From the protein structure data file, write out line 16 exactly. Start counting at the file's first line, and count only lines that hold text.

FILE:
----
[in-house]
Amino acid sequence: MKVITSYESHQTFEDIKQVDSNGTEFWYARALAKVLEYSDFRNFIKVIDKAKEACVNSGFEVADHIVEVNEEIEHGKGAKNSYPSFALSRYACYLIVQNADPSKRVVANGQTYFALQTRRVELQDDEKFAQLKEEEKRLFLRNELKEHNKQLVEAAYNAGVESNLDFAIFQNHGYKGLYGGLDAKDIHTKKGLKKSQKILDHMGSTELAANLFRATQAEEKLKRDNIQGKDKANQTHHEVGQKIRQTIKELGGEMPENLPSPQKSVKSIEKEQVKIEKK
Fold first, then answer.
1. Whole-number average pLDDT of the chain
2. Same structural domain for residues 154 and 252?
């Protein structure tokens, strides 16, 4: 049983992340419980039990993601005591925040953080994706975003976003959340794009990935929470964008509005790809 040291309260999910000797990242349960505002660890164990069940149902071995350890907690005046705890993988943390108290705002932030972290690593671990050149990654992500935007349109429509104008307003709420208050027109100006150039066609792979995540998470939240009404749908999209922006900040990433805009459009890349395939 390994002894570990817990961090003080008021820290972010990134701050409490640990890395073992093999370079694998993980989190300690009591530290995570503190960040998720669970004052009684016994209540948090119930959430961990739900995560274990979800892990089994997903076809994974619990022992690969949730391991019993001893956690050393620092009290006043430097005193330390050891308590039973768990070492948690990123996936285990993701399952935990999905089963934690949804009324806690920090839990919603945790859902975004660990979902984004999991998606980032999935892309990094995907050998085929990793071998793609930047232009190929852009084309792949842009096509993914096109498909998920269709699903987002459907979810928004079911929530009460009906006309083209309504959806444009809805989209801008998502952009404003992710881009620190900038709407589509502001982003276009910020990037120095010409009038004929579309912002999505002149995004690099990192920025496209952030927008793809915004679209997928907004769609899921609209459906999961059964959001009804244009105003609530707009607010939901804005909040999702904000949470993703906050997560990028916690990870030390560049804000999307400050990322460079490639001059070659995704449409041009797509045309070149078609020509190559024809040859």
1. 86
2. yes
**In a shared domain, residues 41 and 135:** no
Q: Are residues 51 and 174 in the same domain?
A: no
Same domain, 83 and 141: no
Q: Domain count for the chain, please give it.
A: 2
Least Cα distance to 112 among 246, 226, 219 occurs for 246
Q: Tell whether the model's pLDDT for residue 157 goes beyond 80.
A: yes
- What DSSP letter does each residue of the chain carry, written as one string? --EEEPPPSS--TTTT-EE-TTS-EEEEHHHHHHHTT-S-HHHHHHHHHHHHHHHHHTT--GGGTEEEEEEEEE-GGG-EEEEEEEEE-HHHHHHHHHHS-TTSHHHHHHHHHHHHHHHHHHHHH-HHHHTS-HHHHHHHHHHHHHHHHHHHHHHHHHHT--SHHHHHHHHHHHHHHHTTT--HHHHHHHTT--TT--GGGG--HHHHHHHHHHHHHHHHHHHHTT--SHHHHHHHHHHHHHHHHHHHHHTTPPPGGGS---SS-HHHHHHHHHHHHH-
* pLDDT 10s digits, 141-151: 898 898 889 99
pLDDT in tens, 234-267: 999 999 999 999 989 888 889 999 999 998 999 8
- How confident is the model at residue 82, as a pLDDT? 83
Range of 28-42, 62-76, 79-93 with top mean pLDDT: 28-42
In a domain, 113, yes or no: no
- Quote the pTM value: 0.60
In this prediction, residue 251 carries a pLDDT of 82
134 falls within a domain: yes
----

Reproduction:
Q: Tell whether the model's pLDDT for residue 157 goes beyond 80.